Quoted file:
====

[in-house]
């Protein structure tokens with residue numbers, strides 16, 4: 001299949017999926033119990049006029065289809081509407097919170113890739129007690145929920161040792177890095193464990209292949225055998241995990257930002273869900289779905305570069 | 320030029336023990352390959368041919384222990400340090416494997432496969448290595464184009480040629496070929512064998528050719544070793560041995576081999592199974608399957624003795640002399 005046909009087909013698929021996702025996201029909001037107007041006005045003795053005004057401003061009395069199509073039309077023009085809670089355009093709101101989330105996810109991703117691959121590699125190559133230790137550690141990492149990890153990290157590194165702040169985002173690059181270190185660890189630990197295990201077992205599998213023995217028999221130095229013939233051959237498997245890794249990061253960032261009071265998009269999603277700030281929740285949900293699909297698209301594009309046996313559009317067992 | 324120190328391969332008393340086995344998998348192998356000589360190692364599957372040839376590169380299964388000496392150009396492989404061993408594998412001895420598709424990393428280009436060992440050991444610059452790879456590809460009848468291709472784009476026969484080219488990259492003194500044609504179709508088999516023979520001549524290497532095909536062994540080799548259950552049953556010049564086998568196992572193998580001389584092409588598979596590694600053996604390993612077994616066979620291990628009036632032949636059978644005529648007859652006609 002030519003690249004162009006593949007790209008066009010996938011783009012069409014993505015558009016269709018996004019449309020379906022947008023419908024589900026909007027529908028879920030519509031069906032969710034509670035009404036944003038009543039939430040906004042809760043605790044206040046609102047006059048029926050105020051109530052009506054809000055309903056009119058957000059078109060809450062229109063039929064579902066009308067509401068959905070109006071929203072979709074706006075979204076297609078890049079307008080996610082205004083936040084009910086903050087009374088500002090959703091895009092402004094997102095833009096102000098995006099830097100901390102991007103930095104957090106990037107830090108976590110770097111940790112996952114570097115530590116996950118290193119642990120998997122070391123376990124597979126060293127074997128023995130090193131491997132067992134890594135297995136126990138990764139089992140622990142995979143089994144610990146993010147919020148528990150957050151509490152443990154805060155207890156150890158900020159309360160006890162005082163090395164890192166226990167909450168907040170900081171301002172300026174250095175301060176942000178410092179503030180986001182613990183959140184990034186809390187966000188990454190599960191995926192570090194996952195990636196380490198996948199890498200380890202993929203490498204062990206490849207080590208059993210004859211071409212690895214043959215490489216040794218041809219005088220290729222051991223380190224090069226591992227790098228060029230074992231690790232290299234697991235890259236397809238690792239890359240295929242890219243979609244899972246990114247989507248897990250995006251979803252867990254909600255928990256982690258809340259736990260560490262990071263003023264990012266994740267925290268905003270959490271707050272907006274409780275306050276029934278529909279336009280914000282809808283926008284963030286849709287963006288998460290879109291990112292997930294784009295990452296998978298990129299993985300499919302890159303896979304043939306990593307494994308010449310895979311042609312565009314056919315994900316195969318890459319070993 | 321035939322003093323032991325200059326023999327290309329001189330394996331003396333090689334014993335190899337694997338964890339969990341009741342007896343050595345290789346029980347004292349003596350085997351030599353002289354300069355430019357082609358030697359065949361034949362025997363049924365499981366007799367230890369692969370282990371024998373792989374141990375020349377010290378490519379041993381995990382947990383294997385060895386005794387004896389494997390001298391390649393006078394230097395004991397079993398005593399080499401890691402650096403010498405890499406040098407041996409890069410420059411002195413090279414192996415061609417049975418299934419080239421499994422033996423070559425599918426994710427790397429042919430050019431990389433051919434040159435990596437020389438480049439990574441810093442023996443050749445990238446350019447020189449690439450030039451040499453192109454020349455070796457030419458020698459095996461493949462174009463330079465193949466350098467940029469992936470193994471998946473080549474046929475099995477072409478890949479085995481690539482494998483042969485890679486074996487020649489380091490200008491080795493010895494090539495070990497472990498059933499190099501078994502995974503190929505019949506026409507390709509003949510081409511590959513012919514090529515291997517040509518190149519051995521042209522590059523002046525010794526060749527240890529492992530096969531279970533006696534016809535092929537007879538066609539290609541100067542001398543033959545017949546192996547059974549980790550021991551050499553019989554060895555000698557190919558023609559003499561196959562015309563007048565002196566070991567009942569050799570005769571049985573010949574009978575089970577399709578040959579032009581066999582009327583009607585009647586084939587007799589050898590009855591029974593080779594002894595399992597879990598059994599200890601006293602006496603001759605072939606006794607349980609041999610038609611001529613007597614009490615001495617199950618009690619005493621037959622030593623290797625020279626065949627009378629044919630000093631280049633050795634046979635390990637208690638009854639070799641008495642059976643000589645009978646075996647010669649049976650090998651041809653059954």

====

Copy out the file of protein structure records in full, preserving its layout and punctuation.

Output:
[in-house]
């Protein structure tokens with residue numbers, strides 16, 4: 001299949017999926033119990049006029065289809081509407097919170113890739129007690145929920161040792177890095193464990209292949225055998241995990257930002273869900289779905305570069 | 320030029336023990352390959368041919384222990400340090416494997432496969448290595464184009480040629496070929512064998528050719544070793560041995576081999592199974608399957624003795640002399 005046909009087909013698929021996702025996201029909001037107007041006005045003795053005004057401003061009395069199509073039309077023009085809670089355009093709101101989330105996810109991703117691959121590699125190559133230790137550690141990492149990890153990290157590194165702040169985002173690059181270190185660890189630990197295990201077992205599998213023995217028999221130095229013939233051959237498997245890794249990061253960032261009071265998009269999603277700030281929740285949900293699909297698209301594009309046996313559009317067992 | 324120190328391969332008393340086995344998998348192998356000589360190692364599957372040839376590169380299964388000496392150009396492989404061993408594998412001895420598709424990393428280009436060992440050991444610059452790879456590809460009848468291709472784009476026969484080219488990259492003194500044609504179709508088999516023979520001549524290497532095909536062994540080799548259950552049953556010049564086998568196992572193998580001389584092409588598979596590694600053996604390993612077994616066979620291990628009036632032949636059978644005529648007859652006609 002030519003690249004162009006593949007790209008066009010996938011783009012069409014993505015558009016269709018996004019449309020379906022947008023419908024589900026909007027529908028879920030519509031069906032969710034509670035009404036944003038009543039939430040906004042809760043605790044206040046609102047006059048029926050105020051109530052009506054809000055309903056009119058957000059078109060809450062229109063039929064579902066009308067509401068959905070109006071929203072979709074706006075979204076297609078890049079307008080996610082205004083936040084009910086903050087009374088500002090959703091895009092402004094997102095833009096102000098995006099830097100901390102991007103930095104957090106990037107830090108976590110770097111940790112996952114570097115530590116996950118290193119642990120998997122070391123376990124597979126060293127074997128023995130090193131491997132067992134890594135297995136126990138990764139089992140622990142995979143089994144610990146993010147919020148528990150957050151509490152443990154805060155207890156150890158900020159309360160006890162005082163090395164890192166226990167909450168907040170900081171301002172300026174250095175301060176942000178410092179503030180986001182613990183959140184990034186809390187966000188990454190599960191995926192570090194996952195990636196380490198996948199890498200380890202993929203490498204062990206490849207080590208059993210004859211071409212690895214043959215490489216040794218041809219005088220290729222051991223380190224090069226591992227790098228060029230074992231690790232290299234697991235890259236397809238690792239890359240295929242890219243979609244899972246990114247989507248897990250995006251979803252867990254909600255928990256982690258809340259736990260560490262990071263003023264990012266994740267925290268905003270959490271707050272907006274409780275306050276029934278529909279336009280914000282809808283926008284963030286849709287963006288998460290879109291990112292997930294784009295990452296998978298990129299993985300499919302890159303896979304043939306990593307494994308010449310895979311042609312565009314056919315994900316195969318890459319070993 | 321035939322003093323032991325200059326023999327290309329001189330394996331003396333090689334014993335190899337694997338964890339969990341009741342007896343050595345290789346029980347004292349003596350085997351030599353002289354300069355430019357082609358030697359065949361034949362025997363049924365499981366007799367230890369692969370282990371024998373792989374141990375020349377010290378490519379041993381995990382947990383294997385060895386005794387004896389494997390001298391390649393006078394230097395004991397079993398005593399080499401890691402650096403010498405890499406040098407041996409890069410420059411002195413090279414192996415061609417049975418299934419080239421499994422033996423070559425599918426994710427790397429042919430050019431990389433051919434040159435990596437020389438480049439990574441810093442023996443050749445990238446350019447020189449690439450030039451040499453192109454020349455070796457030419458020698459095996461493949462174009463330079465193949466350098467940029469992936470193994471998946473080549474046929475099995477072409478890949479085995481690539482494998483042969485890679486074996487020649489380091490200008491080795493010895494090539495070990497472990498059933499190099501078994502995974503190929505019949506026409507390709509003949510081409511590959513012919514090529515291997517040509518190149519051995521042209522590059523002046525010794526060749527240890529492992530096969531279970533006696534016809535092929537007879538066609539290609541100067542001398543033959545017949546192996547059974549980790550021991551050499553019989554060895555000698557190919558023609559003499561196959562015309563007048565002196566070991567009942569050799570005769571049985573010949574009978575089970577399709578040959579032009581066999582009327583009607585009647586084939587007799589050898590009855591029974593080779594002894595399992597879990598059994599200890601006293602006496603001759605072939606006794607349980609041999610038609611001529613007597614009490615001495617199950618009690619005493621037959622030593623290797625020279626065949627009378629044919630000093631280049633050795634046979635390990637208690638009854639070799641008495642059976643000589645009978646075996647010669649049976650090998651041809653059954």